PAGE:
Nowhere is the myth of the plucky grafter better torn apart than in a new book by the writer James Bloodworth, who spent six months living and working in low-wage Britain for companies like Amazon and Uber.
Amazon founder Jeff Bezos might be the richest man in the world, but his workers in Warrington, Rugeley, Swansea, and elsewhere around Britain may never join the uber-elite for all the hours they toil. Bloodworth was paid the equivalent of £12,740 a year to work gruelling shifts packing boxes full of books and DVDs. The Joseph Rowntree Foundation estimates pay of £17,100 is needed just to achieve a minimum standard of living.
The trouble would be implementing the changes required. Polling shows wealth taxes are viewed as the most unfair way for the government to raise money, even though the accumulation of wealth is often passive – particularly for property owners.
Part of the problem is trust in government to spend taxes well. Labour has a particular issue given Tory attacks since the financial crisis – labelling the mess as “Labour’s recession” caused by profligate overspending. It was time for collective belt-tightening in penance for the excesses of the past.
“We will not burden our children and grandchildren,” ran the Tory mantra. Now a former Conservative cabinet member will say the same to justify raising taxes, rather than cutting spending.
Willets will argue the time has come for baby boomers to reach into their pockets to benefit younger generations. The age of tax cuts is over, he will say. Instead, politics will be about who pays more and how much.
“We need a well-funded welfare state capable of helping us in our old age and we should help pay for it, rather than expecting our hard-pressed children and grandchildren to bear the whole burden,” he is expected to say.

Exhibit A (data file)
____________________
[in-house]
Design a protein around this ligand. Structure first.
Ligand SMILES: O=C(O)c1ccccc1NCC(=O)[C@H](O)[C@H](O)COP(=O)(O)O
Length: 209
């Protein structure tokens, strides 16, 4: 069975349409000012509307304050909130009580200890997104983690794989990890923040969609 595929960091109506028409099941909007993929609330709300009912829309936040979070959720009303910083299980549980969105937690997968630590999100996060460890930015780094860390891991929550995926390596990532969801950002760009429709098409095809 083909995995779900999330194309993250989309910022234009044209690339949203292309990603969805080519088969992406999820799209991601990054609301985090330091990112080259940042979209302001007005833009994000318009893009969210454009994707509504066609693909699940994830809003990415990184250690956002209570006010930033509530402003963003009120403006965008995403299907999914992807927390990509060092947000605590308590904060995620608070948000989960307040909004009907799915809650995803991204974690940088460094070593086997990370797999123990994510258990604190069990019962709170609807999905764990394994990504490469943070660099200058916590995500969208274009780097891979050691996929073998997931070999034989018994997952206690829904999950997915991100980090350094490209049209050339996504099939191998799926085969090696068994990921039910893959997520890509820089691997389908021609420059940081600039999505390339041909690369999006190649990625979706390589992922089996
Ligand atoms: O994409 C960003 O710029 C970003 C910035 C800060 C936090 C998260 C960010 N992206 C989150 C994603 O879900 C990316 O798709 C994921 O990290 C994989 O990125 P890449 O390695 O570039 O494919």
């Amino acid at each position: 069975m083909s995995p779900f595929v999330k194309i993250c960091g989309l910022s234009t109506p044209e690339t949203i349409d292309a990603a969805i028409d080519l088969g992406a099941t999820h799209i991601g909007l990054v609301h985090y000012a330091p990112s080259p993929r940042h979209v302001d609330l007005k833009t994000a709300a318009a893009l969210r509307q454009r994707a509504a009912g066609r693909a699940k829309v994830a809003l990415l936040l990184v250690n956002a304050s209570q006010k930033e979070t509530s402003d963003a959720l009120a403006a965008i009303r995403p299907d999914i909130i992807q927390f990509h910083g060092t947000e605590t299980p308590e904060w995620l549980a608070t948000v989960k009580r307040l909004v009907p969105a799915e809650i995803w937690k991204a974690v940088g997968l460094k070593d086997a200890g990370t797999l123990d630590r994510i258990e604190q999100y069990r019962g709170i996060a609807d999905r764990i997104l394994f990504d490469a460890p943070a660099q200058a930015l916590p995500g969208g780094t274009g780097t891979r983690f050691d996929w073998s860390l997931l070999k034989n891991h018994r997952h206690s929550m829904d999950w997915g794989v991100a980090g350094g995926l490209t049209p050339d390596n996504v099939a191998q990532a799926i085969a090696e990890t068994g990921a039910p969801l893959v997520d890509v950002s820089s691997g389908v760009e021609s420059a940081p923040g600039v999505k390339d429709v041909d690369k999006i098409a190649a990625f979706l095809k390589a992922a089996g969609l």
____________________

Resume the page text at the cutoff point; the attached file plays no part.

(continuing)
Given his time in government included hiking student tuition fees up to £9,250 per year, he should expect accusations of hypocrisy. But Labour would do better to use his message as a catalyst for consensus building.
Britain already has some versions of wealth taxes that could be reformed. Council tax, still reliant on property values as they were in 1991, would be the obvious place to start. Inheritance tax is another. The bulk of money left each year in inheritances has more than doubled in past 20 years, and will more-than double again over the next two decades.
There is a danger that greater wealth taxes could impoverish those who are asset rich but cash poor. Not all those living on millionaire’s row are actually millionaires – unless they sell and move somewhere cheaper. So the design of any increase in wealth taxation would be key.
The French economist Thomas Pikketty has argued that without change, inheritance will eventually matter a lot more when determining a person’s life chances, as it did in ancient societies. Past wealth, he says, will tend to dominate new wealth – and successors will tend to dominate labour earners.
The time now is not for turning the clock back. Instead, the time for a wealth tax has come.